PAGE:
There were lots visiting when I came, although they seemed to be more foreign tourists than pilgrims. Nonetheless, that didn't spoil it too much, although I would have loved the place to myself as I imagine it would have a similar atmosphere to Demir Baba, the Sufi shrine that I visited in Bulgaria.2 Busy or not, I sat awhile and contemplated. It was good.

And after doing that I'd seen what I wanted to see of Fatepur Sikhri. True, there were the ruins of Akbar's palace to check out where old Jodhaa had her own mini-palace next to those of his other two favourite wives, (who, strangely, were not mentioned in the film), but to tell the truth, I couldn't really be bothered, not straight after devouring the opulence of Agra Fort and not with the prospect of an annoying monologue from my stick-wielding guide to accompany it. You see, I was now beginning to realise the problem with travelling around India. The national tourist office advertises its country with the slogan 'Incredible India', obviously insinuating that India is “incredible” in terms of it being “very good”. But to me, the term should be looked at a little more carefully. Something that is “credible” is something that is “believable” and thus by adding the prefix “in-” it becomes “something that you cannot believe to be true”. And so it is with India for it is impossible to believe that one country could have so many world-class attractions. Anywhere else in the world that I've been to and Fatepur Sikhri would be the highlight of the country; there it is an afterthought to the Taj Mahal and Agra Fort. And does that equate to the “very good” meaning of “incredible”? Well, it's not bad of course, but it's not really good either for after seeing so many world-class monuments you become blasé and cease to appreciate them.


Our political and religious conversation continued all the way back to Agra before ending finally, after a couple of stops en route at the railway station this time not Agra Cantonment (where I'd arrived), but instead Agra Fort situated at the back of the spectacular fort that I'd visited the previous day.

The world has many railway stations and quite a few of them are great railway stations. Agra Fort however, is even better than that, it is spectacular, it is memorable, it is the kind of railway station that you should take a train from.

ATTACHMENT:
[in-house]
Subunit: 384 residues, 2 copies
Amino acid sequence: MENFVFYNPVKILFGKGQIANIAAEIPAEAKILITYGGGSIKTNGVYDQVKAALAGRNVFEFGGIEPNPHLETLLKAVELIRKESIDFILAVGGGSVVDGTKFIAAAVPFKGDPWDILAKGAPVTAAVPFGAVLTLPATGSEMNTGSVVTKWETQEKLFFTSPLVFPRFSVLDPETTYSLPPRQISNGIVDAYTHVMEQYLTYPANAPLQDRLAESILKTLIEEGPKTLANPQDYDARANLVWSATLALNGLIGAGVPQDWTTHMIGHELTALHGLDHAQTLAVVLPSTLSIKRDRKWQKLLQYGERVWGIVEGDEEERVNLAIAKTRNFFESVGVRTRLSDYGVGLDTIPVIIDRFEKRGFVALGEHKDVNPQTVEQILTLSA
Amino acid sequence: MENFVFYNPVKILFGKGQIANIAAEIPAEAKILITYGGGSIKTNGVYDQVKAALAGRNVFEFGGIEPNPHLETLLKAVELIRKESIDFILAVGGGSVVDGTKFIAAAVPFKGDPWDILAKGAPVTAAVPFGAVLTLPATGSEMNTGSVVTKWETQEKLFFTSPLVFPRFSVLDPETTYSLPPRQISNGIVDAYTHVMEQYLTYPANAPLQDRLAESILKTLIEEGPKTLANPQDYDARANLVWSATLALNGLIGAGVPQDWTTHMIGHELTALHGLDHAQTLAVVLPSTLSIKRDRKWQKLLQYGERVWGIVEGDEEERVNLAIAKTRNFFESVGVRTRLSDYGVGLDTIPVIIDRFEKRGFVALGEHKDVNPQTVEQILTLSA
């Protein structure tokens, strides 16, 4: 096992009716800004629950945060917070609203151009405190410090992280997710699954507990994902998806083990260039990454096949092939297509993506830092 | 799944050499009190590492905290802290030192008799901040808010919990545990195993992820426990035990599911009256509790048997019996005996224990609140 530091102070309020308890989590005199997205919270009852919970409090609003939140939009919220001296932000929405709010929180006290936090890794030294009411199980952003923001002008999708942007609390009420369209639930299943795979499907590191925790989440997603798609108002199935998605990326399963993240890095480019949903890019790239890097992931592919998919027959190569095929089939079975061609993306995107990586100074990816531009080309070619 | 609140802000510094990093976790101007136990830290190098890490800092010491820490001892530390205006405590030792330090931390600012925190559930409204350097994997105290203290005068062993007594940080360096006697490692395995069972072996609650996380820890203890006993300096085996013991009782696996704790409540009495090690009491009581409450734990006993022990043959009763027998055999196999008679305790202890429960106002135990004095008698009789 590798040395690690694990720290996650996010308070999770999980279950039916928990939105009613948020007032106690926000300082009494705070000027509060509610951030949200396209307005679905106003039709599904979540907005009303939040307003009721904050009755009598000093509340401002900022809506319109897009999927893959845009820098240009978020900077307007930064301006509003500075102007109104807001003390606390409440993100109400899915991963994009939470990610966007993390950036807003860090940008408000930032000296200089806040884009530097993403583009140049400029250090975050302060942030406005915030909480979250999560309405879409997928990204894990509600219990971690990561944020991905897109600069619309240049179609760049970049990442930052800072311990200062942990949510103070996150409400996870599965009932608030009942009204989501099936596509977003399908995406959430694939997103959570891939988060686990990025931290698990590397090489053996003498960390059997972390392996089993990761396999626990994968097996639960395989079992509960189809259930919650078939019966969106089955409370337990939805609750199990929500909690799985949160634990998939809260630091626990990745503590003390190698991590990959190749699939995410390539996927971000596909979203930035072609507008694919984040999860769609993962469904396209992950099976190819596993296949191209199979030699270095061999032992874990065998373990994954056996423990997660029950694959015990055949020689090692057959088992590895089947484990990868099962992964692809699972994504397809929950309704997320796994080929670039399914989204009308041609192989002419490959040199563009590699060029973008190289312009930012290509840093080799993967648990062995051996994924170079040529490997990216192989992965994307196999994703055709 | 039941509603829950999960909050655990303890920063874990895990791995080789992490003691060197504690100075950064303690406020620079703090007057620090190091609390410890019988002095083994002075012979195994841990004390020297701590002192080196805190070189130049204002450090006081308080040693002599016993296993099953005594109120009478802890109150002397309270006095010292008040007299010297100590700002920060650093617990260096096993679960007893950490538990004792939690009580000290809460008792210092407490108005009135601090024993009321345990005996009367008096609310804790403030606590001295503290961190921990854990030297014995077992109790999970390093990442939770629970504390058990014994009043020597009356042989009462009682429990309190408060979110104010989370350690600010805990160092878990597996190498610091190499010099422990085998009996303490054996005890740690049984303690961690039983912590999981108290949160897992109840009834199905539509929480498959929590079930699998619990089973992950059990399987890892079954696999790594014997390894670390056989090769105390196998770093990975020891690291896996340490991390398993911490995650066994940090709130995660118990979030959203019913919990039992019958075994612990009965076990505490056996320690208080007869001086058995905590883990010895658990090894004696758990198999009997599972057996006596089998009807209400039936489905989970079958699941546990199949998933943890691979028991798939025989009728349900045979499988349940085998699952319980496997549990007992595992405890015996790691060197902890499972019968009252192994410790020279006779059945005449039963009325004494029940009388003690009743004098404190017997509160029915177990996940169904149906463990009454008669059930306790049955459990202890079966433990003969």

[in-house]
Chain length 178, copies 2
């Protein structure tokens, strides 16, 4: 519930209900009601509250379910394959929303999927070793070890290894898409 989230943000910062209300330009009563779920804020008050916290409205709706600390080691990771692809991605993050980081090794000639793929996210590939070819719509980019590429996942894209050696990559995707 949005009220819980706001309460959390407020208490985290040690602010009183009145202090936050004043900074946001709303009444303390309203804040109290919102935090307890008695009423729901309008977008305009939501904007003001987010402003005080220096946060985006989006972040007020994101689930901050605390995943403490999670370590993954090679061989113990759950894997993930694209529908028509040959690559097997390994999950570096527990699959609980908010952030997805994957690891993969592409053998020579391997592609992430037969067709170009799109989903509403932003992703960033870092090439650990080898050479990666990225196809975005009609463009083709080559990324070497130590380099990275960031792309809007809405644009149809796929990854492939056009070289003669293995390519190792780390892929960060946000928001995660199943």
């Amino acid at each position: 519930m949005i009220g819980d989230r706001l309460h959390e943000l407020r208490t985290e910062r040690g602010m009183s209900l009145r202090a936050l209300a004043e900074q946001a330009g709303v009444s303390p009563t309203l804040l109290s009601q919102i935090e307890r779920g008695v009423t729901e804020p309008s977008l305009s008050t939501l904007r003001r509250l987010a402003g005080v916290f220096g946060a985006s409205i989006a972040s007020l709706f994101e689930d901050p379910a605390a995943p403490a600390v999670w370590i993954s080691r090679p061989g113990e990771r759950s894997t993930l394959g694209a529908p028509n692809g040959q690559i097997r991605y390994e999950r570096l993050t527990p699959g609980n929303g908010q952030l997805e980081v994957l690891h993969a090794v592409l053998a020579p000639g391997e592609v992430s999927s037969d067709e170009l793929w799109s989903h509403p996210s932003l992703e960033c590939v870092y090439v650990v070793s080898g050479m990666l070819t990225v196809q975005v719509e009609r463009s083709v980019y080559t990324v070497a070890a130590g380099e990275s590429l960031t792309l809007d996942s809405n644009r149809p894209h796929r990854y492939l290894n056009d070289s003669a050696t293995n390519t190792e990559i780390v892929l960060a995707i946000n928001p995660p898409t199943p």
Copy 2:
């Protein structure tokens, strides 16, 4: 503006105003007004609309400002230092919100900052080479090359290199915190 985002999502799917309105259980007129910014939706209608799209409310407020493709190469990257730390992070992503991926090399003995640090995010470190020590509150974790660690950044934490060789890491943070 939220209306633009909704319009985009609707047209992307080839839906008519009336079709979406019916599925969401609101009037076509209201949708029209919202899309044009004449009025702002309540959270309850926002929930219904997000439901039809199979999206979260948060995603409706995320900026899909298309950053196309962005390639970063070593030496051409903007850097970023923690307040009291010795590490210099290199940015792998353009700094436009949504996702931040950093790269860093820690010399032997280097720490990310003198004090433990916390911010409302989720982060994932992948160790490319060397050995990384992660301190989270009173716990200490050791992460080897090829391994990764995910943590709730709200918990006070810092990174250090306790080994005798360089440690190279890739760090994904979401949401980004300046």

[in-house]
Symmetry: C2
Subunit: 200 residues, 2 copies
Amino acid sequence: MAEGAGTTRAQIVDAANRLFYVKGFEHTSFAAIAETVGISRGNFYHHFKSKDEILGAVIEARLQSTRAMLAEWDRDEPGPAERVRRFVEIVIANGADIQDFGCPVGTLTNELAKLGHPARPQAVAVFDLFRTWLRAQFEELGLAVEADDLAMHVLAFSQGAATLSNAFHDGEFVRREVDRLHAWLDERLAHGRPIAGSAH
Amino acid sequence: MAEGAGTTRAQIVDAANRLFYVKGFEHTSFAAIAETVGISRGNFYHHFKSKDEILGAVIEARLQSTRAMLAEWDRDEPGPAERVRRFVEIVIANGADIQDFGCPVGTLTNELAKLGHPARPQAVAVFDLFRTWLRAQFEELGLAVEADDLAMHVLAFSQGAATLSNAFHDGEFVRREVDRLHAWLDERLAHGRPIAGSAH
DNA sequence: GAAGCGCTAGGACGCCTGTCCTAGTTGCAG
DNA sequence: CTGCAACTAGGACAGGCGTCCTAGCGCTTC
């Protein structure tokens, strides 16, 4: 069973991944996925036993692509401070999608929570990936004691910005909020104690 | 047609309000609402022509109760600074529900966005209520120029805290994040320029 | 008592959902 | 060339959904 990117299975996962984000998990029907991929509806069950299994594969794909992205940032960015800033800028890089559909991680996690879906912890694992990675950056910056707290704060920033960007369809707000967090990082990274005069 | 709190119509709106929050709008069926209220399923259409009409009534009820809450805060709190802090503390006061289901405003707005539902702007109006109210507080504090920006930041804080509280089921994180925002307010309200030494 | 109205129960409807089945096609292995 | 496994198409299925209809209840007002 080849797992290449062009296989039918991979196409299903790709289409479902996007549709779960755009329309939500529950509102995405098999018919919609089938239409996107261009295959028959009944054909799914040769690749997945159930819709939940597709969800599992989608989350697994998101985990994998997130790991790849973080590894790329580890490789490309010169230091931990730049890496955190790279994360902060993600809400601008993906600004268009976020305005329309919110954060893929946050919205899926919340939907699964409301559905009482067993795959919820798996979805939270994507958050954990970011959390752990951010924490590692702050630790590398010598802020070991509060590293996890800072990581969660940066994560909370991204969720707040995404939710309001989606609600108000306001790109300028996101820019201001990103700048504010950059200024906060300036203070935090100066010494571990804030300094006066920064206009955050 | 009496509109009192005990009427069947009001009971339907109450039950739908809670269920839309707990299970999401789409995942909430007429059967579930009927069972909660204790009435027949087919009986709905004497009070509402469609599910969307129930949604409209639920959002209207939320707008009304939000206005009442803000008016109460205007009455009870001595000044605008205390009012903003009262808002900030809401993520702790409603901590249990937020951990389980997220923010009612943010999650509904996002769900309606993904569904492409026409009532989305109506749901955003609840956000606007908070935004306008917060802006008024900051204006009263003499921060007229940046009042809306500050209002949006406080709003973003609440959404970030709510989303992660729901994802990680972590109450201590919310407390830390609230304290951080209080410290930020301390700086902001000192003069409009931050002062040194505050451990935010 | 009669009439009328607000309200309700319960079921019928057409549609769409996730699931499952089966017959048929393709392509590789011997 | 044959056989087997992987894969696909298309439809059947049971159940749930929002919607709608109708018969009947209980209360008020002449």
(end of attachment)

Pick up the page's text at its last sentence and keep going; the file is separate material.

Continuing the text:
It is also British.

Opened in 1874, Agra Fort is one of the oldest railway stations in India and, apart from the fact that an ancient bazaar was levelled to make way for it, it represents everything that was good about the Raj.

If Fatepur Sikhri showed you what was good about the Mughals; a blend of Persian with local architectural styles, then Agra Fort Railway Station is the same with the British, the terminal buildings having a hint of Huddersfield and a dash of Delhi. But it's inside under the overall roof, (all the best stations have one), that the real triumph becomes apparent. The place is busy, well-used, useful by all stratum of Indian society. Yes, the Mughals may have built great tombs, forts and palaces, but what impact did they have on the life of the common man beyond creating an extra tax burden? Ok, so I'm not so naïve as to believe that the British were just being nice when they built railways across the length and breadth of India, of course their main goal was to make money, but they did have what they believed to be a civilising mission as well, “the White Man's Burden” they termed it, racist perhaps today but well-intentioned back then and this was the result.

But Matt, I hear you say, that goes for all railway stations! What makes this one so special? Well, as the train pulls out of the beautiful Victorian terminal and you rest your eyes on the magnificent Jama Mosque and Agra Fort next-door, well, then that is what train travel is all about!

II033 Agra Fort Railway Station

Not that the rest of the journey was as spectacular as that. The outskirts of Agra were the same slums I'd viewed around Delhi – piles of rubbish, lads playing cricket on a concrete yard, jerry-built housing and marauding cows – but soon the city was gone and the Shatabdi Express was powering through the Uttar Pradesh countryside, as perfectly flat and lush as all that I'd seen so far in India and, alas, also as dull. I tried a conversation with the couple opposite but they apologised and said that they didn't speak English. I would have believed them too if only he were not reading an English-language newspaper! Whatever, I retreated to my books and finished Paulo Coelho's mediocre offering 'Aleph' which I'd started on the Delhi-Agra train from Hell.

But as we passed from Uttar Pradesh and into Rajasthan, the landscape slowly began to change, becoming more arid and then, shock horror, the first hills of the trip loomed. Barely hillocks I admit, but nonetheless, something at last to divert the eye. As we drifted through the towns and villages, I therefore did keep one eye on the passing landscape whilst the other I turned to a different activity: a short story that I had had in the back of my mind for years. Was a railway ramble through Rajasthan just what was needed to prize it out and give it life?3

1BJP = Bharatiya Janata Party (Indian Peoples' Party). Formed in 1980 this is a Hindu nationalist party that has formed several coalition governments. In 2014 just over a year after my trip, they achieved a majority in the Indian parliament and formed a government. Congress = Indian National Congress. The oldest party in India, it was the force that fought for independence from Britain and included such luminaries as Gandhi and Nehru in its ranks. Traditionally the most powerful and influential party in India, it has gained a reputation for cronyism and corruption. When I visited the Prime Minister was the Congress' Manmohan Singh (a Sikh) but Sonia Gandhi, the widow of Rajiv Gandhi, Indira's son, was seen as the real power behind the throne.
See my travelogue 'Balkania'.
The short answer is, no. Over a year on and it still sits there half-written.